Common Names: Aguila Harpía,
An alarm screech goes out through the rainforest. Monkeys of all types throw themselves off high branches and out of trees to freeze in terror. Overhead a giant eagle with a seven foot wing span easily twists and turns through the treetops, hunting for any animal caught out in the open. With a single dive it tears the unlucky creature from its branch with five inch long claws on powerful legs.
The harpy eagle is one of the world's largest and most powerful of the fifty species of eagles. It lives in the tropical lowland rainforests of Central and South America, from southern Mexico southward to eastern Bolivia, southern Brazil and the northernmost parts of Argentina. It likes large areas of uninterrupted forest but will also hunt in the open areas next to patches of forest.
The harpy eagle's name comes from the harpies of Greek mythology which were ferocious winged creatures with sharp claws, a woman's face and a vulture's body.
The average weight of a harpy eagle is 18.4 lbs (8.2 kg). Female harpy eagles are larger than the males. A female can weigh from 14 to 18 lbs (7-9 kg), while the males weigh 10 to 16 lbs (5-8 kg). Their body length is between 36 and 40 inches (1 meter).
Their feathers are slate-black above and white to light gray underneath. A black band runs across the chest up to the neck. The tail has long, dark gray feathers with horizontal bars. Their legs are covered with light gray feathers ending in yellow feet as big as a human hand, and 5 inch long talons.
The heads of both male and female are covered with a double crest of large, pale gray feathers. They raise this crest when alerted or showing hostility. A facial disk like that of an owl is thought to focus sound. Their eyes are dark brown and close-set, allowing them to judge distances. They have a powerful, hooked gray bill
Their dark gray, large, rounded, broad wings have a span of 7 feet. These wings are relatively short compared to other eagles. They are designed for speed and maneuverability necessary for flying through a forest.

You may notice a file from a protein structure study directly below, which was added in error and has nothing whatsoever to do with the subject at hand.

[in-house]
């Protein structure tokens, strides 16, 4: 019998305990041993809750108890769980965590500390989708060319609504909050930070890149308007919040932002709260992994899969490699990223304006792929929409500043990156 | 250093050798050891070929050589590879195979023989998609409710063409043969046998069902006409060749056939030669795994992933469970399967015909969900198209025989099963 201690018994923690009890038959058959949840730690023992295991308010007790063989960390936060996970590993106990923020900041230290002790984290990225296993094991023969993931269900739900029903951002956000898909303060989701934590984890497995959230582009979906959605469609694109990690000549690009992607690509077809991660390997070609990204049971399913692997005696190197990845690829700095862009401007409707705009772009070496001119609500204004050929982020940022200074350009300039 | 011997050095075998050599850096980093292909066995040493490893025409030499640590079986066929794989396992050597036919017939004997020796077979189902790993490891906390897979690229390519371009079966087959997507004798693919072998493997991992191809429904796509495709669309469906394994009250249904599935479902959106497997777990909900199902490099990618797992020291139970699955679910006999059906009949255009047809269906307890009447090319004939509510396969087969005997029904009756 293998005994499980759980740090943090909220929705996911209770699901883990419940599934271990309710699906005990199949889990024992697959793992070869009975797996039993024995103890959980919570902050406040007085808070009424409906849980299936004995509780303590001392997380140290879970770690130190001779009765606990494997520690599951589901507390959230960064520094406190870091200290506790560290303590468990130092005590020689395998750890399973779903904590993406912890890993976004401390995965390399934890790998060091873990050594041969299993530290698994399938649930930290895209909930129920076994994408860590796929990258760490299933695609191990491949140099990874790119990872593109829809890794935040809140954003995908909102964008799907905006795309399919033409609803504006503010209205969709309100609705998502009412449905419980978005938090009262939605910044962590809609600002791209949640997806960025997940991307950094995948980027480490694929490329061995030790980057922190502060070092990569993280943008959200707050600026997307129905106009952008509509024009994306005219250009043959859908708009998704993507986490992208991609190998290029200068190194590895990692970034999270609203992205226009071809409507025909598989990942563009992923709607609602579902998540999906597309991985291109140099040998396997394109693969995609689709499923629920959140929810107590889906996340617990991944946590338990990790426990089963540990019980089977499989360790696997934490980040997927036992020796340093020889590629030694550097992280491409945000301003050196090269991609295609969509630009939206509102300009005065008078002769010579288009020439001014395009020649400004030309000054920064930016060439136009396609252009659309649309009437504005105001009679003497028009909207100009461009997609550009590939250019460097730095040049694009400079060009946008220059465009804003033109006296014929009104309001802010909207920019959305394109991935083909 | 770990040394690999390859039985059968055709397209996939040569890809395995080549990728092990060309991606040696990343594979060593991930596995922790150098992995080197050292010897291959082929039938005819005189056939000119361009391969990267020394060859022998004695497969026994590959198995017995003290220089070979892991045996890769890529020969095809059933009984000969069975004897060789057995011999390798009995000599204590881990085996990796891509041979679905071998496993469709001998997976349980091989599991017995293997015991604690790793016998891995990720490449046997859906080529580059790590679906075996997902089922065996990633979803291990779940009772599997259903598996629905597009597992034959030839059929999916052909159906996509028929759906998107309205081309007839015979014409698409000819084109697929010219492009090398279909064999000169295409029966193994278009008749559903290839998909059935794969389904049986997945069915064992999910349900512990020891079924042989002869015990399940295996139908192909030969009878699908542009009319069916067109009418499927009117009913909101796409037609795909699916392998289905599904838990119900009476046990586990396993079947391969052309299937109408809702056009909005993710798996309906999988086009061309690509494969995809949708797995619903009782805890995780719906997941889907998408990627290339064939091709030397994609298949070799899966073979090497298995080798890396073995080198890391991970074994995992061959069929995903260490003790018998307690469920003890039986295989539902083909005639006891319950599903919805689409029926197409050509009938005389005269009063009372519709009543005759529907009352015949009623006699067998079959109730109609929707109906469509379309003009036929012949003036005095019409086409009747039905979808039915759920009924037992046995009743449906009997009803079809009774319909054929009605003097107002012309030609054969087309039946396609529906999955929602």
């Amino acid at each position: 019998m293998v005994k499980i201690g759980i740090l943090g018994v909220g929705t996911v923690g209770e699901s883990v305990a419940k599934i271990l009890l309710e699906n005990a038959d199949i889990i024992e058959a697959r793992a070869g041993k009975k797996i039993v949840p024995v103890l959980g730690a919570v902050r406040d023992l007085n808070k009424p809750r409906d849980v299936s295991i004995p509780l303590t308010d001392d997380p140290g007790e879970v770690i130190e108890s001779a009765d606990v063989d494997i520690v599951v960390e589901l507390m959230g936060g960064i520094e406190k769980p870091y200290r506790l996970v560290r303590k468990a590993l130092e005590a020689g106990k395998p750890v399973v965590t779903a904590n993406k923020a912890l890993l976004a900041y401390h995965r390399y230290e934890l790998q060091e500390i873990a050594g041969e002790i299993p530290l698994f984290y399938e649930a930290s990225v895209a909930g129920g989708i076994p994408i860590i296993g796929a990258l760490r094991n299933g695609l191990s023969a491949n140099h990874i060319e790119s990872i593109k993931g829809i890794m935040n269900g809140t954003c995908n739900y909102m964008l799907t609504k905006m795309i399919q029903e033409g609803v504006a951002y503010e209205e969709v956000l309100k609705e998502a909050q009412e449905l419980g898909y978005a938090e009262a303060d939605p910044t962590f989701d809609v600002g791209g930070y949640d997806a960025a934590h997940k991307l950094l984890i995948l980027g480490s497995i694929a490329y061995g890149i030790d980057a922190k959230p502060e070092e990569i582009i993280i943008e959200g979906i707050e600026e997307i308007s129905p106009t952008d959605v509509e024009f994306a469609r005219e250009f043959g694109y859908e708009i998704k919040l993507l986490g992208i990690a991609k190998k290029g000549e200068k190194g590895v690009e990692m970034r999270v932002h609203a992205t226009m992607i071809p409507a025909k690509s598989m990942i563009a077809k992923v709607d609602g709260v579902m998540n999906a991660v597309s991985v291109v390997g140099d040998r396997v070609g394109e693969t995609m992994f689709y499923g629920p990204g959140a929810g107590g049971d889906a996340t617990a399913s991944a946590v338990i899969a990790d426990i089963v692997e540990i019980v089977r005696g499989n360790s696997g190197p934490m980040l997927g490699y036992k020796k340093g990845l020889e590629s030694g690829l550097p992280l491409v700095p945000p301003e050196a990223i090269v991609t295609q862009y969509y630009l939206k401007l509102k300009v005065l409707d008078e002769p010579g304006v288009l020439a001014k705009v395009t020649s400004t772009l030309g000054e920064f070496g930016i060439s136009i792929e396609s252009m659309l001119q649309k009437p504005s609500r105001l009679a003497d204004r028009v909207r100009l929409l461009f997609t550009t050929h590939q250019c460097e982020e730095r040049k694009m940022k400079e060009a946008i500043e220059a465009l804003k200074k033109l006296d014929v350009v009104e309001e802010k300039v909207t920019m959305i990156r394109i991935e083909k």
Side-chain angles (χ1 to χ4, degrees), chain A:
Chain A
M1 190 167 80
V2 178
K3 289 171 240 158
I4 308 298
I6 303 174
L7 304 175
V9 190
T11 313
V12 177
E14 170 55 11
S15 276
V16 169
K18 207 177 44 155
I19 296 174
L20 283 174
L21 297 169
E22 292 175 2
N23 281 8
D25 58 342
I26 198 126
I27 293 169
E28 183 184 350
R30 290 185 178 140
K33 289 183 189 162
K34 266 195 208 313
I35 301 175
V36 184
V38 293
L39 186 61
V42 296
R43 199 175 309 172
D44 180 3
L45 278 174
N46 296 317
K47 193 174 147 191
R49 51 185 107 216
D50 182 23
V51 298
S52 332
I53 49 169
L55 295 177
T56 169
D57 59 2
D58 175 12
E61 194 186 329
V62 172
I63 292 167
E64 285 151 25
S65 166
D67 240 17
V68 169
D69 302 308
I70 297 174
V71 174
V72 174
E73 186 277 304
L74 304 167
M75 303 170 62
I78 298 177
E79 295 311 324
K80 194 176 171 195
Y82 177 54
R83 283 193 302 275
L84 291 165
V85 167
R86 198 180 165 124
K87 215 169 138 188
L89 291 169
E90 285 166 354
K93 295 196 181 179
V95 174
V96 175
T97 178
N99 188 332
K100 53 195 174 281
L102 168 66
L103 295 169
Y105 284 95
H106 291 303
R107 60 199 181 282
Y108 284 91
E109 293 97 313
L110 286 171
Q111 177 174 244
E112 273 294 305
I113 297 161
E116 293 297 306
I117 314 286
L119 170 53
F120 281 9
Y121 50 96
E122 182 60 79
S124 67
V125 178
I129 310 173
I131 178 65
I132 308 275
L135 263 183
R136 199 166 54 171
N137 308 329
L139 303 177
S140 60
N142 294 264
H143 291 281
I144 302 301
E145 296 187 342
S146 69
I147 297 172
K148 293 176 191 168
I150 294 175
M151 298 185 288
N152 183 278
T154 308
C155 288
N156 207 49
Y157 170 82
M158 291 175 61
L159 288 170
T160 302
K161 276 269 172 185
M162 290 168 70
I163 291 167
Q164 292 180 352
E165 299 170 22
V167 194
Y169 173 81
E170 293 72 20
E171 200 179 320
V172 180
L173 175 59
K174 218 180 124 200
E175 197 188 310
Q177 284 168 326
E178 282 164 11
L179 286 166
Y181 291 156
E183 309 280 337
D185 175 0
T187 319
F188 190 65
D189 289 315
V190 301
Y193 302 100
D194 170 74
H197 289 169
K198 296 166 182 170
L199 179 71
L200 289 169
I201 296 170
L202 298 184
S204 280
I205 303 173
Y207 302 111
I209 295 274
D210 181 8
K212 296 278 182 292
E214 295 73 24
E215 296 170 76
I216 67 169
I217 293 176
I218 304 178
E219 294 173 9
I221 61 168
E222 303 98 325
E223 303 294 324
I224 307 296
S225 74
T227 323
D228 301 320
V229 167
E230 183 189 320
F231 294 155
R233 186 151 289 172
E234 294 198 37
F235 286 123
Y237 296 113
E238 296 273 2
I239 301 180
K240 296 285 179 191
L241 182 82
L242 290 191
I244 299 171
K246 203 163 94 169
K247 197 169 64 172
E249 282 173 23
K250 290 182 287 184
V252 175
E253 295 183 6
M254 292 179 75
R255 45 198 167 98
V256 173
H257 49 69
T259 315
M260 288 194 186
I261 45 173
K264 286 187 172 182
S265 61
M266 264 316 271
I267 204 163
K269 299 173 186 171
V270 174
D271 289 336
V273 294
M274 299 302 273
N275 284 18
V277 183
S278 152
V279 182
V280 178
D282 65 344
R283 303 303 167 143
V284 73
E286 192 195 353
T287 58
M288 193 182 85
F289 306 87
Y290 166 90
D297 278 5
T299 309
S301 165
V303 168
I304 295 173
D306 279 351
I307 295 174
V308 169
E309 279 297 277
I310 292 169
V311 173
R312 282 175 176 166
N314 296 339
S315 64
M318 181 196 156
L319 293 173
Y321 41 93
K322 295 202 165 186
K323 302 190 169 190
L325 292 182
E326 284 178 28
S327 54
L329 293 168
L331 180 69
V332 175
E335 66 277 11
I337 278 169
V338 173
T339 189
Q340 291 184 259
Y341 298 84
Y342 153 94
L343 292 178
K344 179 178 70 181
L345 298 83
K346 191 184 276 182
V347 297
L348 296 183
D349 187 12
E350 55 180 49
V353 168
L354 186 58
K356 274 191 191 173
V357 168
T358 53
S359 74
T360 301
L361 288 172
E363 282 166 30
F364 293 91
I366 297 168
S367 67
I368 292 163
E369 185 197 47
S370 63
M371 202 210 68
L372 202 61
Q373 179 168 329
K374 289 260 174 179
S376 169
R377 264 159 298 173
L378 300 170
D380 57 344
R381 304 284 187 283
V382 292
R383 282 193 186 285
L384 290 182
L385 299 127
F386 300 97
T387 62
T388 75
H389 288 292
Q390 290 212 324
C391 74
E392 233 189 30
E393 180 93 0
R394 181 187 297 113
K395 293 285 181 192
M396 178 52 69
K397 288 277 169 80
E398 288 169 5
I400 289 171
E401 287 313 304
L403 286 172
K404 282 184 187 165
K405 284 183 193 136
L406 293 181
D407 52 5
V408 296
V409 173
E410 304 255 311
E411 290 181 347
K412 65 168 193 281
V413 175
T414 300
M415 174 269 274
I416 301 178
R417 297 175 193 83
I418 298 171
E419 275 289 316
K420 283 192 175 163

The harpy eagle is monogamous, meaning it mates for life. They nest high in the canopy of emergent trees about 100 to 200 feet (40 meters) above the ground. The nests are built loosely of sticks and fresh leaves in the crutch of the first branches of ceiba or kapok trees. Usually two eggs are laid, but after the first egg hatches, the other one is ignored and fails to hatch. The incubation period lasts for 52 to 56 days.
The harpy eagle has the longest breeding period of any raptor. They raise only one chick every two to three years. Both parents care for the chick, feeding it for up to 10 months or more. A young harpy eagle will fledge, or leave the nest at about 4 1/2 to 6 months. It will stay in its parents' territory for at least one year.
The estimated life span in the wild, although difficult to asses, is thought to be between 25 and 35 years.
Harpy eagles are carnivores and duirnal, or daytime hunters. They hunt about 19 species of medium sized and large mammals that live in trees, like monkeys, sloths, opossums, large reptiles like iguanas, large rodents and other birds. They hunt by sitting quietly and listening for prey for long periods of time in the canopy of the forest, then pouncing on their prey in short bursts of speed. They can reach speeds of up to 50 mph (80 kph). The faster and more agile males hunt smaller animals than the larger females. Like other birds of prey, they can only fly with prey weighing less than one half their body weight.
The harpy eagle is an endangered species. The major threat is loss of habitat from clear cutting, destruction of nesting sites and shooting. Harpy eagles need large tracts of forest to hunt in. Most forests have only one nest every 10 or 15 miles. Each nesting pair has a single chick every two to three years. With such a low density of harpy eagles and their low rate of reproduction, even the smallest pressure on their hunting abilities eliminates them from an area.
"Harpia harpyja" (On-line), Animal Diversity Web. Accessed
April 17, 2005 at
"BirdLife International 2004. Harpia harpyja. In: IUCN 2004. 2004 IUCN Red List of Threatened Species." <www.redlist.org>. Downloaded on 18 April 2005.
Conservancy Trust - Harpy"